Dot helps us promote Cancer Awareness in Diagnosis, Research and Treatment.

Who is Dot? You’ve actually already met her… she’s been popping up on billboards, ads, flyers and even in our website address (right before the “com”…DOT com)!

She loves to brighten people’s day with her quirky smile and spunky attitude!

Cancer screenings can significantly increase the chances for early detection.

Diagnosing cancer before it has a chance to spread can mean better chances for treatment to be successful. You know your body–talk with your doctor if something doesn’t seem right.

Stay away from tobacco products


Using tobacco or being exposed to tobacco smoke can cause cancer and other health problems.

Get to a healthy weight


Controlling your weight with healthy choices for eating and exercise can help prevent the risks for cancer. Avoid excessive weight gain and control calorie intake.

Stay active


Adults should strive for at least 150-300 minutes of physical activity per week. This can include walking, gardening, a game of pickleball, house cleaning, or playing with grandkids.

Eat Healthy


You’ve heard it before, and we’ll say it again, what you eat matters. Follow a pattern that includes plenty of fruits, vegetables, grains, and protein. Avoid, sugary drinks and processed foods.

Limit alcohol consumption


If you do drink, plan on 7 or less alcoholic beverages per week.

What you need to know about

It’s important to know if you are at a higher than usual risk for breast cancer. If you are, talk to your healthcare provider about when to begin breast cancer screenings and if genetic testing is right for you. Beginning at age 40, women can began annual breast cancer screenings with mammograms.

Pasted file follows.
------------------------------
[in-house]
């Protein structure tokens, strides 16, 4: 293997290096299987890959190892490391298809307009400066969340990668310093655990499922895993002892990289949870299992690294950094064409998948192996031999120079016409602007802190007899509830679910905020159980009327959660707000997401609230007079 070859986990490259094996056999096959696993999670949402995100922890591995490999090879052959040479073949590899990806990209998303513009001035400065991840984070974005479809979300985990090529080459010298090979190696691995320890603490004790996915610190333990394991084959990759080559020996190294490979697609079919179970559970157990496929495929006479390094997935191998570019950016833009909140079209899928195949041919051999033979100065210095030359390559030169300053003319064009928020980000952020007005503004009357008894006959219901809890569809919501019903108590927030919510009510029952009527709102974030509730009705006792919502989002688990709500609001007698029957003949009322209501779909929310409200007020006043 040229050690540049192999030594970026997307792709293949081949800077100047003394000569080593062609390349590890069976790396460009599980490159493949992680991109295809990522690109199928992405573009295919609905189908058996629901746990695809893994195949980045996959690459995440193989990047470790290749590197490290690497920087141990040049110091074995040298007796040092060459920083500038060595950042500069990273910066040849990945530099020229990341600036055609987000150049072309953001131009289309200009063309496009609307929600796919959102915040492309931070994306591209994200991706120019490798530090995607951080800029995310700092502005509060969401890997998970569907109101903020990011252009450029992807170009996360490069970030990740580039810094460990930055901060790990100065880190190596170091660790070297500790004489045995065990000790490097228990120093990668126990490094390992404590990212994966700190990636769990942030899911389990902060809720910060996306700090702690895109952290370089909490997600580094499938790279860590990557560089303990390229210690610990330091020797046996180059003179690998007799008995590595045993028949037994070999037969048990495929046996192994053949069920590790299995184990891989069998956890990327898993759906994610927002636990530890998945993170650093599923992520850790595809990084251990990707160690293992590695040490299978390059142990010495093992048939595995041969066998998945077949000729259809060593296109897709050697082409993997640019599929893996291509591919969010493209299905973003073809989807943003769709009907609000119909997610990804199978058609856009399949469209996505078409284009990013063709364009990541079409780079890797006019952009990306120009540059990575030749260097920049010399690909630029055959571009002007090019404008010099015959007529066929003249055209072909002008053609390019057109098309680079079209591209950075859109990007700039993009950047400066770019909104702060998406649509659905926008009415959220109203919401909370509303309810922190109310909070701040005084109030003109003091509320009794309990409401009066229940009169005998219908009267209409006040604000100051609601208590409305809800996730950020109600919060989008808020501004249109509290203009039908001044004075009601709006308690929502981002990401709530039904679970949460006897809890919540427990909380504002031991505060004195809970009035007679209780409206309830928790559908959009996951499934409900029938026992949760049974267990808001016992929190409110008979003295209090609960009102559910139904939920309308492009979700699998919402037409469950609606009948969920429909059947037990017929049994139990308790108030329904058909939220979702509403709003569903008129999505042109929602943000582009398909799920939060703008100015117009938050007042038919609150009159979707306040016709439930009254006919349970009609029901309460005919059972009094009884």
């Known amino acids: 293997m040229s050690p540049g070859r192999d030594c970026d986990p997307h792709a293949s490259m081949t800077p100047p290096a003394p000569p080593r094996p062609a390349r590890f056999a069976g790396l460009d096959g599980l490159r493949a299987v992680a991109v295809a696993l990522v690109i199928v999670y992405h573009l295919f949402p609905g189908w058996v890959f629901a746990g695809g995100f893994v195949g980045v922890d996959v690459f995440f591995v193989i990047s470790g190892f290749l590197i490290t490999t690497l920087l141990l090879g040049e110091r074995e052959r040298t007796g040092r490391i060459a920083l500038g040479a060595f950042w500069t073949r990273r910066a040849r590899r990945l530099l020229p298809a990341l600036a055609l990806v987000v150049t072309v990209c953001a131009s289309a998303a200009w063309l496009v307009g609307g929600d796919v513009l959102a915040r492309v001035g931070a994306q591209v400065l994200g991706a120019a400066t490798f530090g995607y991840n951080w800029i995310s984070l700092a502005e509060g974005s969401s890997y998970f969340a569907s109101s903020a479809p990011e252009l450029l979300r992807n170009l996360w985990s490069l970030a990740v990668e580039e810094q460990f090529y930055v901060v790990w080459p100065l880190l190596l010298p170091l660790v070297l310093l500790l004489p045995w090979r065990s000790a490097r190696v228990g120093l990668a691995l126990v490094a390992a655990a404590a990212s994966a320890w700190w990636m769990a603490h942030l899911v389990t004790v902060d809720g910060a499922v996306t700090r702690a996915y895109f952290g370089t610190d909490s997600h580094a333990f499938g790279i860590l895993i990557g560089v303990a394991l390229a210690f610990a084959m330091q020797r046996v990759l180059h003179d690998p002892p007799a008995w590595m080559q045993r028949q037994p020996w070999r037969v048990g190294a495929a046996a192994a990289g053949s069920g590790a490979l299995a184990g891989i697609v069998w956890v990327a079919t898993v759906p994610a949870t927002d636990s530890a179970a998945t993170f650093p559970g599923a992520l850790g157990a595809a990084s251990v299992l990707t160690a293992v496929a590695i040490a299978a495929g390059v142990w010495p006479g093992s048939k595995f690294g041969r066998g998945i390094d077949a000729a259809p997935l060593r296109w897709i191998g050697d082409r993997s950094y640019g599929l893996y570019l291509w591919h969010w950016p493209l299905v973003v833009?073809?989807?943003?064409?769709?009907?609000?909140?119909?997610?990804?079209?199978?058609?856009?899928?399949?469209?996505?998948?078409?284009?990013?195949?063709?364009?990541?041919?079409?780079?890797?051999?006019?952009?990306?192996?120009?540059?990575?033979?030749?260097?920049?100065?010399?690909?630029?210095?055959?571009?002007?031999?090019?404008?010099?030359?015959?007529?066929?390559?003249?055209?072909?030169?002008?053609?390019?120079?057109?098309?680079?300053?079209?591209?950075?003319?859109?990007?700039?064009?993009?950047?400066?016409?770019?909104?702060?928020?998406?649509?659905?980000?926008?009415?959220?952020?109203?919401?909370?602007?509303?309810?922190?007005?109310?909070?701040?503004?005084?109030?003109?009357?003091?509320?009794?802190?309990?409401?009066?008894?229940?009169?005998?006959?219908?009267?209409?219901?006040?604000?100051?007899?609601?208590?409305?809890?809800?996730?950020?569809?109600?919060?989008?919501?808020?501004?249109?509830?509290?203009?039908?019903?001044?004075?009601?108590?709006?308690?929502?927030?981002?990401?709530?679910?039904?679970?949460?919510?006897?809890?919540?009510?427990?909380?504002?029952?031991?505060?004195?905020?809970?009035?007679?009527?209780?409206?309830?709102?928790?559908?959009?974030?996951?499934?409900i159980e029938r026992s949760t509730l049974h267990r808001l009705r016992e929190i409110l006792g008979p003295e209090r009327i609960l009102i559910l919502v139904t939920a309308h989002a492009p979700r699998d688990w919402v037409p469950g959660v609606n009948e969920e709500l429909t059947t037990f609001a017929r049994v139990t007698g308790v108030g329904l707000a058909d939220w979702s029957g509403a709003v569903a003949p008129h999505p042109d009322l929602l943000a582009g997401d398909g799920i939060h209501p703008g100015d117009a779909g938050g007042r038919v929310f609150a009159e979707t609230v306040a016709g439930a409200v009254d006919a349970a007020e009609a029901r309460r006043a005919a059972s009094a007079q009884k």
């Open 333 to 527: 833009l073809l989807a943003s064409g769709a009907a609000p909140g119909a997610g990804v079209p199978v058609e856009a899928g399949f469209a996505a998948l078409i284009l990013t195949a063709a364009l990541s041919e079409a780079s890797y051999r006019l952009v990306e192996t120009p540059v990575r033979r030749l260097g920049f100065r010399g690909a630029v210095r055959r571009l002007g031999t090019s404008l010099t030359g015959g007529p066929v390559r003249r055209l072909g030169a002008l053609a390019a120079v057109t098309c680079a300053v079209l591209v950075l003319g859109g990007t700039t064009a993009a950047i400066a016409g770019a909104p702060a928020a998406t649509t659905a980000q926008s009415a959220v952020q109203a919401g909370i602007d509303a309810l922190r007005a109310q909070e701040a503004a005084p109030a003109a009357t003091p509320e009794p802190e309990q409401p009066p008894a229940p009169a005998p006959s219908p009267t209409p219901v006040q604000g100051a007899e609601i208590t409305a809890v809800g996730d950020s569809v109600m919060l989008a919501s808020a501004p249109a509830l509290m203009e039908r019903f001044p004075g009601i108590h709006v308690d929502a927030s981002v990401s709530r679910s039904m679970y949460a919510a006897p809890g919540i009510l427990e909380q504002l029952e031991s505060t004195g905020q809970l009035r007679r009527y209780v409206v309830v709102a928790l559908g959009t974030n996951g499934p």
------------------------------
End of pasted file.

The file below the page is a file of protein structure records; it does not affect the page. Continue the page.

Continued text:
Find out if you are at a higher than average risk for color cancer due to family history, genetic disorders or other factors. If you are at an increased risk, talk to your healthcare provider about when to begin screening and what tests are right for you. Individuals at an average risk should begin testing at age 45. Screening tests can vary, so talk with your healthcare provider about what’s right for you.

Yearly lung cancer screenings are suggested if you have a history of smoking, smoke now, or have quit smoking within the last 15 years, and you are between the ages of 50 and 80.

Beginning at age 50, men should discuss with their healthcare provider about the pros and cons of testing in order to determine the right choice for them. If a family history of prostate cancer diagnosed before the age of 65 exists, discuss with a healthcare provider starting at age 45.

At age 25, and if you have a cervix, you can have a Human Papilloma Virus (HPV) test every 5 years, or a Pap test every 3 years. If your cervix has been removed due to surgery, as long as it was for reasons not related to cervical cancer or precancer, no testing is necessary. Individuals with a history of precancer should continue testing for 25 years after diagnosis.

The Value of Community Oncology

There are two types of oncology practices that provide care in the outpatient setting: community oncology and hospital-based oncology.

The benefit of community oncology centers is that they have been found to provide efficient, patient-centered oncology care at lower costs to patients, health plans, and community physicians.

Second Opinion

A physician who is confident in their treatment recommendation will normally welcome second opinions, and be open to the request.

Occasionally, an oncologist might suggest a second opinion from a fellow colleague with exceptional experience in treating a specific tumor. Whether a patient has come to NCS for primary treatment or a second opinion, our promise is to provide compassionate and comprehensive care. It is normal to have questions regarding diagnosis and treatment options. We will answer all questions asked and provide any information requested.

Information Desk

This is a list of helpful resources in a variety of topics.

Click here to view

Peer Mentor Program

The NCS Peer Mentor Program is designed to empower cancer patients by partnering them with current or former cancer patients who can provide insight on their own cancer experience.

Find out more

Meet DOT.

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